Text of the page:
How do we currently use the # symbol?
On Twitter, Facebook, and Instagram, you tag your friends with the @ symbol and you tag topics with the #. If you see something that says “#WordoftheDay,” the tweet or post has something to do with Word of the Day. And, once you click on that marked topic, you’ll likely see all public posts about it. It’s a great tool for finding people who are talking about a particular subject (and for categorizing pictures of your fantastic pet). But, what do we call the # symbol? And, where did it come from? Some of its names are common . . . some not so much.
What is the # symbol called?
1: The pound sign. This name came to be because the symbol comes from the abbreviation for weight, lb, or libra pondo, literally “pound by weight,” in Latin. When writing “lb,” scribes often crossed the letters with a line across the top, like a t.
2: The number sign. This phrase arose in Britain because pound sign could easily be confused with the British currency. And of course, the # symbol is sometimes spoken as the word “number,” as in “#2 pencil.”
3: The hashtag. The word hash predates these other names (but wasn’t very popular until recently). A hash has referred to stripes on military jackets since as early as 1910. But, in the 1980s, people started using hash to refer to the # symbol. Since the ascent of social media and its new prominence in everyday life, hashtag has become the favored name.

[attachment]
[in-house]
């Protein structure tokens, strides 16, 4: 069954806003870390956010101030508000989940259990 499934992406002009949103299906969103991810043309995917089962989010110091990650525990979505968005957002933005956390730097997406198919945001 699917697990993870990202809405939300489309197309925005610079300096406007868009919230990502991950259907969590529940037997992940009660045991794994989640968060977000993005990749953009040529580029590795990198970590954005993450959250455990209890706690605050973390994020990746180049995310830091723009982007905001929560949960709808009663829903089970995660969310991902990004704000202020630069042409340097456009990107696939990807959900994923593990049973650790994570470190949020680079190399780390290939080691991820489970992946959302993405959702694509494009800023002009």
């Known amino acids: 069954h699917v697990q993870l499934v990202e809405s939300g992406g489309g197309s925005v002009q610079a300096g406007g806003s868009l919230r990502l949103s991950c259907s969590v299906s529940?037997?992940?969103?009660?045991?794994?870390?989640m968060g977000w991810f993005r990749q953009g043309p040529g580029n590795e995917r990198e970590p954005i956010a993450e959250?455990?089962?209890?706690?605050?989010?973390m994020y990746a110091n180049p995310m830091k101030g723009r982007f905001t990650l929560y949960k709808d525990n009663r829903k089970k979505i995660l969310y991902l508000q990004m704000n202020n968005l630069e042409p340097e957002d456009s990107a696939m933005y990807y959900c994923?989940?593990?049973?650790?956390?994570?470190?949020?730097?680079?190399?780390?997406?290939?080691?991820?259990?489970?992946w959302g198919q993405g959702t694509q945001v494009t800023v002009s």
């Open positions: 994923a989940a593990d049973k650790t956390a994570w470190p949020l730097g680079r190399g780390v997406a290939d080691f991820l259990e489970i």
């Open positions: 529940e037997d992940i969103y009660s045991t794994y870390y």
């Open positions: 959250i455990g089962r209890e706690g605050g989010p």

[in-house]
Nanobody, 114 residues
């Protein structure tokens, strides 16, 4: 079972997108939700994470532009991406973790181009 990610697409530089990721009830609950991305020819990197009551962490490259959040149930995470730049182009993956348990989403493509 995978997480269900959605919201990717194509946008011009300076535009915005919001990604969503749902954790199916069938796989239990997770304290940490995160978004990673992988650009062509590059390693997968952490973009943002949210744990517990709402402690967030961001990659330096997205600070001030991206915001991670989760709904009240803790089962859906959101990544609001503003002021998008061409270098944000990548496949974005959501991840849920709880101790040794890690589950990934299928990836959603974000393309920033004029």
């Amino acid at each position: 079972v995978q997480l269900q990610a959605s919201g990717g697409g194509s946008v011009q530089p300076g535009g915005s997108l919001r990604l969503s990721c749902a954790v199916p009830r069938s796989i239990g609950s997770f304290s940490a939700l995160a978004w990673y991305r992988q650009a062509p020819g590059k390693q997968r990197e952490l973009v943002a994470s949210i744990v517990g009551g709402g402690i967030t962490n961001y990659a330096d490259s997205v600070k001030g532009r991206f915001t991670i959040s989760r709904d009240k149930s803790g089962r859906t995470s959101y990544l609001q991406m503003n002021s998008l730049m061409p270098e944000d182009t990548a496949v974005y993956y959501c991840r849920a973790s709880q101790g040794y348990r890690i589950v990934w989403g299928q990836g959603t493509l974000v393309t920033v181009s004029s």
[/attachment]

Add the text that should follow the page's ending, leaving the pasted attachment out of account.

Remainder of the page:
4: The octothorpe. It’s the official name for the # symbol, but what does it mean? It’s actually a made-up word, invented in the same laboratories where the telephone came from. The scientists at Bell Laboratories modified the telephone keypad in the early 1960s and added the # symbol to send instructions to the telephone operating system. Since the # symbol didn’t have a name, the technicians thought one up. They knew it should be called octo- something because it had eight ends around the edge. What happened next is not entirely clear. According to one report, Bell Lab employee Don MacPherson named it after the Olympian Jim Thorpe. Another former employee claims it was a nonsense word, meant as a joke. Another unverifiable report is much more etymologically satisfying: The Old Norse word thorpe meant “farm or field,” so octothorpe literally means “eight fields.”
How else has the # symbol been used?
Similar symbols appear in many other places. Musicians recognize # as the sharp symbol, denoting a note one half step higher. Copy editors see a symbol meaning “space,” as in “add a space between two sentences.” In computer code, the # symbol means that everything that follows is only comment, not instruction.
Such a small symbol with such a vast amount of meaning . . . what other names will the future hold for the resilient #?